Solstice monkey

I received this lovely email a few weeks ago:
I found another Monkey… but I can’t decide whether to keep it a secret and take you there in real life on a Solstice walk…
It’s in Northwich and well worth the drive over :-)
Ah… the lure of a new monkey. We – Agent Gemma and I – decide that it is indeed worth the drive over and arrange to visit Marbury Country Park.
Marbury Country Park, Gemma and Samson (puppy).

Marbury Country Park, Gemma and Samson (puppy).

It’s not actually quite solstice as we’re doing this on Monday 15th December.

We begin our walk in a splendid Lime Avenue.

We begin our walk in a splendid Lime Avenue.

We have lunch and then begin the walk to ‘spot the monkey’.

Walking across to 'Big Wood'.

Walking across to ‘Big Wood’.

Marbury Country Park was the estate of Marbury Hall which was demolished in 1968. I had expected us to be hunting for a monkey in the area where the house stood – but we are striding out into woodland.

With a very eager five month old Samson.

With a very eager five month old Samson.

On the estate hedges have been recently laid.

On the estate hedges have been recently laid.

And I am told to be on full ‘monkey alert’!

And here it is!

And here it is!

Strangely located in a broadleaf woodland… DSC03144 Here is an enormous monkey in a most unusual setting. But thanks to an information panel in the bird hide which is next to the monkey, I can tell you that ‘Big Wood’ is a semi-natural ancient woodland, largely oak, sycamore and ash. The monkey puzzle tree was planted as part of the landscaping in the 1840s. The bird hide stands on the site of the summerhouse where the Smith Barry family would have relaxed away from the hall. Ah yes, just imagine, the stress of being so wealthy that you own both Marbury Hall and adjacent Belmont Hall near Great Budworth – the owner of both in the 1840s was James Hugh Smith Barry’s son – his father was an avid art collector of Greek and Roman art. His ‘collection’ included part of the Parthenon Frieze no less (now in the British Museum). In 1932 the house was sold and became a country club, and then in the war requisitioned for war use. After the war ICI bought the house, it deteriorated and was demolished in 1968. It was quite a house:

Marbury Hall, photo from Lost Heritage website.

Marbury Hall, photo from Lost Heritage website.

So, here we have a ‘statement of wealth’ monkey of the highest order.

CW11.

CW11.

Near to the monkey are the remains of an ice house – something you find in the grounds of wealthy houses, after all you need considerable ‘staff’ to manage one of these. DSC03149 There’s also an information panel that shows how this would have been used – I was especially interested to read this, as I hadn’t know exactly how ice houses work, this one is a ‘hen’s egg’ shape:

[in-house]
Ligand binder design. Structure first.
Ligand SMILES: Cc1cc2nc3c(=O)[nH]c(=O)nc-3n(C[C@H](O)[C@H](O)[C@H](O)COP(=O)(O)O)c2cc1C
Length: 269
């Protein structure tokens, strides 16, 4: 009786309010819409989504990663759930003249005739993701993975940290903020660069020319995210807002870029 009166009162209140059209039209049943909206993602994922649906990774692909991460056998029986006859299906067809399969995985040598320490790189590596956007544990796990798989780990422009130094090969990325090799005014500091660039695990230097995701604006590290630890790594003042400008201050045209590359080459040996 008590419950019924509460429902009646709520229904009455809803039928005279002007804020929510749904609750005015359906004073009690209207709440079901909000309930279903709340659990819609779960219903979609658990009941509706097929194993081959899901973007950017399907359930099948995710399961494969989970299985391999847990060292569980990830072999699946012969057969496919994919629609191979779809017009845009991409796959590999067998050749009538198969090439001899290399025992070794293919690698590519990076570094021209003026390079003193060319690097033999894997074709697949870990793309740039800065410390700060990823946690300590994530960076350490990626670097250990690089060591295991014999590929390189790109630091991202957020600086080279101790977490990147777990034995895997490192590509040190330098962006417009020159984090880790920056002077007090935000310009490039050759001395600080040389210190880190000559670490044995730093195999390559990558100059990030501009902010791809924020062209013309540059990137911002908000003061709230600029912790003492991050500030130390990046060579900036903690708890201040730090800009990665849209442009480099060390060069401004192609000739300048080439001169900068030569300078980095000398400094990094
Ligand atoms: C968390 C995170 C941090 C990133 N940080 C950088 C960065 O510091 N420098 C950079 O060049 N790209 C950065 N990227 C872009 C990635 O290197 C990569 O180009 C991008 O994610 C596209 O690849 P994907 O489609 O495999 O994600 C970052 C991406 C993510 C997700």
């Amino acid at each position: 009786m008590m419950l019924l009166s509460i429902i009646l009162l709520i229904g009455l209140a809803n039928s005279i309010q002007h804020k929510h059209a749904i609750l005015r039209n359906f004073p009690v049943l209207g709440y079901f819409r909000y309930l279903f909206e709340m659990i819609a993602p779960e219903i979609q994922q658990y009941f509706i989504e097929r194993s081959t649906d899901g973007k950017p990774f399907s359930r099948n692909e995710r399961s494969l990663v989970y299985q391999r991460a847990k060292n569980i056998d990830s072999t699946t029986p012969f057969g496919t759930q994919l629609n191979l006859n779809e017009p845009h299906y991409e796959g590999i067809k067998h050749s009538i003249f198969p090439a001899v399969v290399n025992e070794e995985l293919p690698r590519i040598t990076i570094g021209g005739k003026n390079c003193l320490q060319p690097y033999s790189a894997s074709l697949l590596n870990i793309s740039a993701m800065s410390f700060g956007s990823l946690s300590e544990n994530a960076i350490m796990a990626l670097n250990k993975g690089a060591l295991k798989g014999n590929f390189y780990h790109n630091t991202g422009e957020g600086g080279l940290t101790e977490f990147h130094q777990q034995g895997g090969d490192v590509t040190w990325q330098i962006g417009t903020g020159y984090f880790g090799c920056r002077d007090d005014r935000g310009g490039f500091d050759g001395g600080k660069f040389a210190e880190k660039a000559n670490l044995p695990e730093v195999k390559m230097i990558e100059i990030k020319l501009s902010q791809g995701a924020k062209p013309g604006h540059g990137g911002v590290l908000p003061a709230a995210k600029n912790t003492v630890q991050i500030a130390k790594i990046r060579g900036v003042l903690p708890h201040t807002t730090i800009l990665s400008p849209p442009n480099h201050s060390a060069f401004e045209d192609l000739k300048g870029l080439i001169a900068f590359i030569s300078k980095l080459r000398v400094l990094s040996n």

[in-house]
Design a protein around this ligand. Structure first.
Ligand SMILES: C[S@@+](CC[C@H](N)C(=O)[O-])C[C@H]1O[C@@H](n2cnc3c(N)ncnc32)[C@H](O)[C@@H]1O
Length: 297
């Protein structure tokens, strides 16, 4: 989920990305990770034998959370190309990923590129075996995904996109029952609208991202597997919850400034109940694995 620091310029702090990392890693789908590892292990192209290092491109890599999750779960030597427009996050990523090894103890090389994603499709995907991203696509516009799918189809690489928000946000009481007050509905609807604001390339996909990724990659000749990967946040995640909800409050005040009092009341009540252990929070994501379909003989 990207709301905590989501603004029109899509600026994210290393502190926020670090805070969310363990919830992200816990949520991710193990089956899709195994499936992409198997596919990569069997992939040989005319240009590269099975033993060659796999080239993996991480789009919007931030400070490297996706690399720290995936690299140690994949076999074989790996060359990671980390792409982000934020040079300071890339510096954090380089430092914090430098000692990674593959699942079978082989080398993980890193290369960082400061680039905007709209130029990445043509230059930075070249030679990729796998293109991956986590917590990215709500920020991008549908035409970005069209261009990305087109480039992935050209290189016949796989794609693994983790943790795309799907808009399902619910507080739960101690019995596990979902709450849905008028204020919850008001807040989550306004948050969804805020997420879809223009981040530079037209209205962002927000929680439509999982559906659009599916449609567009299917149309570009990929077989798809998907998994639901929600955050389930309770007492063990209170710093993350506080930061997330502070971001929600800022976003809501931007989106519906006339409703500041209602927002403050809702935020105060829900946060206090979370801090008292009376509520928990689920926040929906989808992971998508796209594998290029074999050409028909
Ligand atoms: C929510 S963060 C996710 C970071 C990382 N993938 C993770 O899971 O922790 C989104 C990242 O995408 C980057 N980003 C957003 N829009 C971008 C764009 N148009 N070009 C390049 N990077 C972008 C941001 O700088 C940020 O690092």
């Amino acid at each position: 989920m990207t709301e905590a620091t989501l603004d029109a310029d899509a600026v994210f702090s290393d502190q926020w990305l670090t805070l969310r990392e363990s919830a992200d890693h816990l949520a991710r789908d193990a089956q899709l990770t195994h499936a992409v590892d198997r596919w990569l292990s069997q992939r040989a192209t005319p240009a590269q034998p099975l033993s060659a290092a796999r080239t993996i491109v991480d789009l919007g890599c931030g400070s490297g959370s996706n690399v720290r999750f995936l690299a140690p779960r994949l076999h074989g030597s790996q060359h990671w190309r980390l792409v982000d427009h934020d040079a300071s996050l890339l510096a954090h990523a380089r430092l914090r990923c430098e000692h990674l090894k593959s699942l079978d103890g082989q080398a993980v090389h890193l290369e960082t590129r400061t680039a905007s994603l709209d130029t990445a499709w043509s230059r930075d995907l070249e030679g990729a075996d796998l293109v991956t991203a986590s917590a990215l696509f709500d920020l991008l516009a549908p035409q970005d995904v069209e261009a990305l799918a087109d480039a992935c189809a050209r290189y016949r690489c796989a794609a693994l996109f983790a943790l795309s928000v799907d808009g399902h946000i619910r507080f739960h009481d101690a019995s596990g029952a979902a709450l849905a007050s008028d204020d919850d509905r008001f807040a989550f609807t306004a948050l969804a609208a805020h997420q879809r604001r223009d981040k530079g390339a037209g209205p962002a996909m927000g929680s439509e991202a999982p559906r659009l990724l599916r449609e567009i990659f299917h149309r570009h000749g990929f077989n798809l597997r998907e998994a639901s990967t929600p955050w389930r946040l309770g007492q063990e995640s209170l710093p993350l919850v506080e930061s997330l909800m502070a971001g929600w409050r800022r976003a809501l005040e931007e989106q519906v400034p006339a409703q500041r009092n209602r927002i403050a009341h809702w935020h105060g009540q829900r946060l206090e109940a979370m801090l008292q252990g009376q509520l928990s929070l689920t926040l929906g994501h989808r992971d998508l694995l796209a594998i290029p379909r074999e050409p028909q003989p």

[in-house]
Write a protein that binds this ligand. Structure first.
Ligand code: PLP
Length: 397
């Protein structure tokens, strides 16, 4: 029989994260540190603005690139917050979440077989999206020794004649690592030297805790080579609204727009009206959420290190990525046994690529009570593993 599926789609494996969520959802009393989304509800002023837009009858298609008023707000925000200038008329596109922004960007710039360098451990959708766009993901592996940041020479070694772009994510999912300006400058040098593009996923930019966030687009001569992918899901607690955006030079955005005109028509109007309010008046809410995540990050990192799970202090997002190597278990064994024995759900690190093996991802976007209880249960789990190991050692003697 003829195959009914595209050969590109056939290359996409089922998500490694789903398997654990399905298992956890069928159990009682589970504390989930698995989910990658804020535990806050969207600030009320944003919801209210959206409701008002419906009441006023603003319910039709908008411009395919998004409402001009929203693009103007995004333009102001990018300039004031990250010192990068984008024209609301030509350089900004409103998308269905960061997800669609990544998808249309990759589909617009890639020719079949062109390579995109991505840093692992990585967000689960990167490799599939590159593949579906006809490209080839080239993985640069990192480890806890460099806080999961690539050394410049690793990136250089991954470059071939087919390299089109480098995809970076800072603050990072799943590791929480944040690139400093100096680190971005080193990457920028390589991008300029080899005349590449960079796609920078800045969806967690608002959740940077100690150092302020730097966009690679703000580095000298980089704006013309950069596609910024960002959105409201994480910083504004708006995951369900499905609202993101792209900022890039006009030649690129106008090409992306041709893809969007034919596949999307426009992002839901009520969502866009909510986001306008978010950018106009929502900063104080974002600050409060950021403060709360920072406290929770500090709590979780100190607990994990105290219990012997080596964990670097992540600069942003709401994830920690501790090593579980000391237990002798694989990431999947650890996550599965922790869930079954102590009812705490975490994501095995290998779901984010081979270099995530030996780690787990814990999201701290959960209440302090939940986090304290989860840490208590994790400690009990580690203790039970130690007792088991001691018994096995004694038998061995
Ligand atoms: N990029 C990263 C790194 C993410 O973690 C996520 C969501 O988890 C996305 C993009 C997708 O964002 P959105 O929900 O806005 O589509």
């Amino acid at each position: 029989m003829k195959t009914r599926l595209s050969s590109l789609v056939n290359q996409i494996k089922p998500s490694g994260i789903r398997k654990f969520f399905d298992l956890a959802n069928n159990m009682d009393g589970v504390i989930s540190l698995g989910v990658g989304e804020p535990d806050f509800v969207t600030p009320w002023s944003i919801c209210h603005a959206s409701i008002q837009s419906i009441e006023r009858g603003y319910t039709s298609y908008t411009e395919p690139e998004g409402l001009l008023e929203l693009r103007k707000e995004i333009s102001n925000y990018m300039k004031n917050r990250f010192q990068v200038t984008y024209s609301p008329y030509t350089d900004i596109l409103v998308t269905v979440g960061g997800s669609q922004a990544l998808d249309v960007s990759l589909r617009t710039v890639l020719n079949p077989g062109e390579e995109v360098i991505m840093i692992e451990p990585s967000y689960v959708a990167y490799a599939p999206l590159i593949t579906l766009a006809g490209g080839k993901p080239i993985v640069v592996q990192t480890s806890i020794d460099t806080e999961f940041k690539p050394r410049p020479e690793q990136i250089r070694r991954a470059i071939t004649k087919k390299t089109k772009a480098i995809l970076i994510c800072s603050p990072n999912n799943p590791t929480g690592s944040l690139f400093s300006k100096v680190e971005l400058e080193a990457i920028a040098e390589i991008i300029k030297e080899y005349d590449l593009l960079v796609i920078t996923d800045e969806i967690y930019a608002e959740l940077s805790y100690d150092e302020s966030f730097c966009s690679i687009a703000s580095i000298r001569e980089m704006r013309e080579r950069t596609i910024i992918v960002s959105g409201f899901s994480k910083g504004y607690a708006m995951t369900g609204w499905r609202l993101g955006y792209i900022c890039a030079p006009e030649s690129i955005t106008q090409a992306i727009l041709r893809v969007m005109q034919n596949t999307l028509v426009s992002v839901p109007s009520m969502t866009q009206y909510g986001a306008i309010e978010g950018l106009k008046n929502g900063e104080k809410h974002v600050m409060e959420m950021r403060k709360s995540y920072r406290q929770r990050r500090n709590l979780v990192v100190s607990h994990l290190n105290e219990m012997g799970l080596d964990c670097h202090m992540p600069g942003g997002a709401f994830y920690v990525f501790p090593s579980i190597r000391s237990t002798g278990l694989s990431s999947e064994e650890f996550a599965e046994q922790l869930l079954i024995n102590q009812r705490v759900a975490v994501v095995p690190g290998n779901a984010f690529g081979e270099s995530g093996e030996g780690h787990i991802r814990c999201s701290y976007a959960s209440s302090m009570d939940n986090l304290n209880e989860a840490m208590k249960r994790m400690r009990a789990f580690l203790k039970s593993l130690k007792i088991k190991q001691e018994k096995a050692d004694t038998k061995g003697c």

Marbury ice house.

Marbury ice house.

We are here just at the edge of Budworth Mere, which would have been the source of the ice. This is our walk: CW11 map We continue back along another Lime Avenue. DSC03156

Winter trees.

Winter trees.

And as we approach the site of the hall, there are remnants visible.

Fragments of the hall.

Fragments of the hall.

Always

A bit of left behind history.

And a splendid wall.

And a splendid wall.

Exploring further along the wall.

Exploring further along the wall.

I find it impossible not to ‘explore the wall’…. and find that it has an opening. And is, in fact, a plant nursery.

Containing one of the finest collections of Wollemi pines I've seen (for sale).

Containing one of the finest collections of Wollemi pines I’ve seen (for sale).

And of course, seasonal fare.

And of course, seasonal fare.

The day is dwindling now and we’ve nearly done.

The lovely wall.

The lovely wall.

Samson leds the way.

Samson leds the way.

And, we’re surprised to find this:

Viewed through a crack in the fence - a swimming pool.

Viewed through a crack in the fence – a swimming pool.

This is Marbury Pool, a little oasis set in woodlands, an unheated open-air pool open from May to October. Well. Time to head home.

A last look up the drive to where the hall would have been.

A last look up the drive to where the hall was located.

xx

And a rural country park, yet so close to Cheshire’s chemical industries.

So, a happy solstice and thank

Solstice greetings from our day out.

Well done monkey hunting Gemma! So, a happy solstice to all and thanks to Gemma for a lovely day out in Cheshire.

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5 thoughts on “Solstice monkey

  1. Pingback: Balm | Monkey Map

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